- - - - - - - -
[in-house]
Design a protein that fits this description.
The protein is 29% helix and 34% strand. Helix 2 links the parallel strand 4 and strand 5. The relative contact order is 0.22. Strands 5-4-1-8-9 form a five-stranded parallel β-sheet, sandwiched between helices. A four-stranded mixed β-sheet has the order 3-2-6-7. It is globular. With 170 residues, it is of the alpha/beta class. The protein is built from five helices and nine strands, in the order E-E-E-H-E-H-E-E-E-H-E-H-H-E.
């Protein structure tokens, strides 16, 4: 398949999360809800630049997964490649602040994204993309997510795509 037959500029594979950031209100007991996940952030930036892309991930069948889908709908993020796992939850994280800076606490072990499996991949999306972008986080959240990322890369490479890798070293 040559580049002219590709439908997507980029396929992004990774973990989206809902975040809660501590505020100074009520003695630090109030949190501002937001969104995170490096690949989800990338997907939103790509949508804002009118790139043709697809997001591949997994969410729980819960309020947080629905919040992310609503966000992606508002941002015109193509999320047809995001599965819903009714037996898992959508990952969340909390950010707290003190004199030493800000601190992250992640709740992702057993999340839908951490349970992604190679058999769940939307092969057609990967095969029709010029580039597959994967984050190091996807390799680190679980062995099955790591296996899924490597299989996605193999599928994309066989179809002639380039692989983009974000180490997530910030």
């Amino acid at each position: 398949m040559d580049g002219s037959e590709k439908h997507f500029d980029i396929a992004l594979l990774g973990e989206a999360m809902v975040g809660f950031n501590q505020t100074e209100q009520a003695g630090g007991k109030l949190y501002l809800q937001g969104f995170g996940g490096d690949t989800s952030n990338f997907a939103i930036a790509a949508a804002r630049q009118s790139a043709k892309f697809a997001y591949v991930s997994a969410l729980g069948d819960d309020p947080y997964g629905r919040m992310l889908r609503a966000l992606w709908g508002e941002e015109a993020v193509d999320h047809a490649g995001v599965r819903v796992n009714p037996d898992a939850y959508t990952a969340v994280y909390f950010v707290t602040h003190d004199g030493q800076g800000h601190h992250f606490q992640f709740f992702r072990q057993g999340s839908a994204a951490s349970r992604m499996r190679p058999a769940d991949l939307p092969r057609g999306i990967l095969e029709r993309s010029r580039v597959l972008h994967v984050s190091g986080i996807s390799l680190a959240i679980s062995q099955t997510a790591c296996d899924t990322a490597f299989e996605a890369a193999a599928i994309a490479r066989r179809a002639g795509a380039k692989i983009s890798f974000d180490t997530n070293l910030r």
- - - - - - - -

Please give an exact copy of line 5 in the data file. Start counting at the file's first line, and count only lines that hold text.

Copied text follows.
């Amino acid at each position: 398949m040559d580049g002219s037959e590709k439908h997507f500029d980029i396929a992004l594979l990774g973990e989206a999360m809902v975040g809660f950031n501590q505020t100074e209100q009520a003695g630090g007991k109030l949190y501002l809800q937001g969104f995170g996940g490096d690949t989800s952030n990338f997907a939103i930036a790509a949508a804002r630049q009118s790139a043709k892309f697809a997001y591949v991930s997994a969410l729980g069948d819960d309020p947080y997964g629905r919040m992310l889908r609503a966000l992606w709908g508002e941002e015109a993020v193509d999320h047809a490649g995001v599965r819903v796992n009714p037996d898992a939850y959508t990952a969340v994280y909390f950010v707290t602040h003190d004199g030493q800076g800000h601190h992250f606490q992640f709740f992702r072990q057993g999340s839908a994204a951490s349970r992604m499996r190679p058999a769940d991949l939307p092969r057609g999306i990967l095969e029709r993309s010029r580039v597959l972008h994967v984050s190091g986080i996807s390799l680190a959240i679980s062995q099955t997510a790591c296996d899924t990322a490597f299989e996605a890369a193999a599928i994309a490479r066989r179809a002639g795509a380039k692989i983009s890798f974000d180490t997530n070293l910030r």